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384 pages, Paperback
First published August 21, 2018
...many people believe that Project Apollo was popular, probably because it garnered signiﬁcant media attention, but the polls do not support a contention that Americans embraced the lunar landing mission. Consistently throughout the 1960s a majority of Americans did not believe Apollo was worth the cost, with the one exception to this a poll taken at the time of the Apollo 11 lunar landing in July 1969. And consistently throughout the decade 45-60 percent of Americans believed that the government was spending too much on space, indicative of a lack of commitment to the spaceﬂight agenda. These data do not support a contention that most people approved of Apollo and thought it important to explore space.)More overt racism is also introduced in the form of one Valentin De Beer, astronaut from apartheid South Africa (remember the story takes place in the early 1960s—Nelson Mandela was imprisoned for his anti-apartheid activities in 1962, the same year Elma and crew begin their journey to Mars). The Mars crew is diverse. Men, women, two African Americans, a Latino and a Polish American. Why is the racist De Beer on the mission? Kowal chooses the simplest reason, the same reason stupid things happen every day—money. In exchange for funding, South Africa demands he fly, with an all-white crew. The space program short of funds agrees. (In the book, there are three ships making the journey to Mars, two crewed and a unmanned supply ship. De Beer's ship is all white, the second ship—Elma's—is multi-ethnic.)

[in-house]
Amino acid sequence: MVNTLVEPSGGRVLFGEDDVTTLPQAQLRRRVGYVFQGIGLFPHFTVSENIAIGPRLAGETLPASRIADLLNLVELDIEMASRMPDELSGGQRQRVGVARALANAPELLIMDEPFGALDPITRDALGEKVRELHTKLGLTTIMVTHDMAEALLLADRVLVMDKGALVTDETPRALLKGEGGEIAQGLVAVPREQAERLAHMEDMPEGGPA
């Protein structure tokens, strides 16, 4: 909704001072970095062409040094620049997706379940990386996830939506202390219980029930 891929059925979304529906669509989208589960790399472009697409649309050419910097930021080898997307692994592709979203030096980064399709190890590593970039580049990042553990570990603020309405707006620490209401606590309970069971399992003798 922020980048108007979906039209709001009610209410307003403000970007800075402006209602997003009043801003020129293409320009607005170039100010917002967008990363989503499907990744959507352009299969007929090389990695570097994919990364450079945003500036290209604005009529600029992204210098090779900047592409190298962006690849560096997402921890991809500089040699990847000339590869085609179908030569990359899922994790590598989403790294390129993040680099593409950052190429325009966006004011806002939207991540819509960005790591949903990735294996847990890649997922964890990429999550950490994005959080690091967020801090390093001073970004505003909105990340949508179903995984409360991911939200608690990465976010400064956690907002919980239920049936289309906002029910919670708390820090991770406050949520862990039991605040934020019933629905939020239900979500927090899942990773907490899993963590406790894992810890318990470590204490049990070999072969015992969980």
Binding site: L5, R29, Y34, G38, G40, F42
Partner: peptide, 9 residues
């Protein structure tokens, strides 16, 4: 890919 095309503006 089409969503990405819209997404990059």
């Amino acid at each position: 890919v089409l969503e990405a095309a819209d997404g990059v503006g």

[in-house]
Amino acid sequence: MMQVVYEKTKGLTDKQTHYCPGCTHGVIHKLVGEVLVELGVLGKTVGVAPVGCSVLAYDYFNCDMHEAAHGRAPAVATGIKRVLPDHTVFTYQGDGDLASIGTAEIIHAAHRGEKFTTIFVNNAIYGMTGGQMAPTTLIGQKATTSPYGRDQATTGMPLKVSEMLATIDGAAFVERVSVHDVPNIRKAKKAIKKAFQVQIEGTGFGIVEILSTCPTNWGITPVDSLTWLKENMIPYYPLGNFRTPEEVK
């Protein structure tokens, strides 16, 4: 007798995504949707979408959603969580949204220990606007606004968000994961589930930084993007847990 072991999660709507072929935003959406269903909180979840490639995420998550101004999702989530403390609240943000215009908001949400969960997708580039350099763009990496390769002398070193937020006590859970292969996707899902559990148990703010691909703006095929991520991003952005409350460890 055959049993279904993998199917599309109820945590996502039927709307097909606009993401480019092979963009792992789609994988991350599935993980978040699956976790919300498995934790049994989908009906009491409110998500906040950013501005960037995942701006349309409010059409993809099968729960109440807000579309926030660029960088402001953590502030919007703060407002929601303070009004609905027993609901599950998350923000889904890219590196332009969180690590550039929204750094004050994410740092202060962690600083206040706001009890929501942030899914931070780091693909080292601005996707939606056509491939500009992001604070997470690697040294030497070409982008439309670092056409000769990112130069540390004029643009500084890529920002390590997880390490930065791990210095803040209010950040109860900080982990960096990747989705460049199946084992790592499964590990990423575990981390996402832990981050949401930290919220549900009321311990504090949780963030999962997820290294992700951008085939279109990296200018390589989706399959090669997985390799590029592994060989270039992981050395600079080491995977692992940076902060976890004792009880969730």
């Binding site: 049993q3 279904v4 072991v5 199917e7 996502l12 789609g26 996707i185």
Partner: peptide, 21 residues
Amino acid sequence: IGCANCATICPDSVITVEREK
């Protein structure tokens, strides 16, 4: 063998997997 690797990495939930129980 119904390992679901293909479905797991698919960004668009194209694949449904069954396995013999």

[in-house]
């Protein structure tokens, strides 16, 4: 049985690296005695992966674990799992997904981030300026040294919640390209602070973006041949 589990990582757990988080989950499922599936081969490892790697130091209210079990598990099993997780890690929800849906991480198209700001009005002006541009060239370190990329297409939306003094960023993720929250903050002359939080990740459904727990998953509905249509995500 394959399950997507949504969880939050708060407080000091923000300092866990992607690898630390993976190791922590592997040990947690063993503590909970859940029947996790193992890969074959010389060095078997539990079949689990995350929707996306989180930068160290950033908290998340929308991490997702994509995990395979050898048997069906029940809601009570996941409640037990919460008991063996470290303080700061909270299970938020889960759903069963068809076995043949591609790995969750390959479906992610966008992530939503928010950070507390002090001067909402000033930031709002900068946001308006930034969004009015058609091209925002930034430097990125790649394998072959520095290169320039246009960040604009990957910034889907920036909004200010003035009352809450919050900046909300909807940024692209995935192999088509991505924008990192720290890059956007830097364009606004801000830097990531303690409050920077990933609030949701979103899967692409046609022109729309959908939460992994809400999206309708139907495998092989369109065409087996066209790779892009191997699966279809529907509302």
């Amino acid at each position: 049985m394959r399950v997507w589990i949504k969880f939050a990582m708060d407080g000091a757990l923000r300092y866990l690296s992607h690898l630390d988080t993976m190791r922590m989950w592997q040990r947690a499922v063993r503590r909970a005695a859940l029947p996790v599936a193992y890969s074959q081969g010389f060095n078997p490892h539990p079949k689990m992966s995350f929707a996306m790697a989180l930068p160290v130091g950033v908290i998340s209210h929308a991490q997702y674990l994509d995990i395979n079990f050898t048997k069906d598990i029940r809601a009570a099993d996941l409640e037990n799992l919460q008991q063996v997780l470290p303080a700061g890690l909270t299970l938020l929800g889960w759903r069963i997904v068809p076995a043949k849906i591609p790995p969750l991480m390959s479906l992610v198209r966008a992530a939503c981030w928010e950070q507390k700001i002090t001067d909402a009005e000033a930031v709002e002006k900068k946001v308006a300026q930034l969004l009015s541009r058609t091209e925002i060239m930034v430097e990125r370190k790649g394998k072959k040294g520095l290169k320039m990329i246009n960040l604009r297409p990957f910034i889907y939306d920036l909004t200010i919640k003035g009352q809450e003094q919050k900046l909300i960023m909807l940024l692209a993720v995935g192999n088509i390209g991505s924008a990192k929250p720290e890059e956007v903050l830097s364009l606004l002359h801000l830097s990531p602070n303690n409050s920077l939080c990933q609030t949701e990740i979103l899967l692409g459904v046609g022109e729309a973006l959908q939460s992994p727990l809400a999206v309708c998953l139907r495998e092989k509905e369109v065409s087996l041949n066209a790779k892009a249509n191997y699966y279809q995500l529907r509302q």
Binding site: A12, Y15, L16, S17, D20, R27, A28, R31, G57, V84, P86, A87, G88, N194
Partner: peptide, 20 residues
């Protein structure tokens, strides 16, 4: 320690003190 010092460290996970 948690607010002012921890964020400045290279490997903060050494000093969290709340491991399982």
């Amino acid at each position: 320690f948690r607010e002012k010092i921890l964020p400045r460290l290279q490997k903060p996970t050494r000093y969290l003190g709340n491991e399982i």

'“When you got assigned to the Mars mission, there was general consensus that our relationship might cause me to have confused priorities relating to the mission.”
“Clearly they don’t know you.”
“No, they do know me. I would sacrifice everyone on both ships to keep you safe.” He pushed the bra strap to the side, followed it down to the cup, and then dipped inside it to cradle my breast.
“I need you not to make exceptions for me.”
“I try not to, but it’s not actually possible.”'
'“Tell Clemons the this is exactly why we should have put the laundry on the women’s duty roster. If you’re going to send them into space, at least take advantage of their areas of expertise.”
Right. He was an asshole. I closed my NavComp book and slid it back into the slot. “I assume that means I am Go to head back to the kitchen? Where I belong.”
Parker rolled his eyes and toggled off the mic to Mission Control. “It was a joke, York. Lighten up.”
I saluted. “Confirmed lightening up.”'
”I don’t want you stuck on Earth, wishing you were in the stars. That’s no sort of marriage.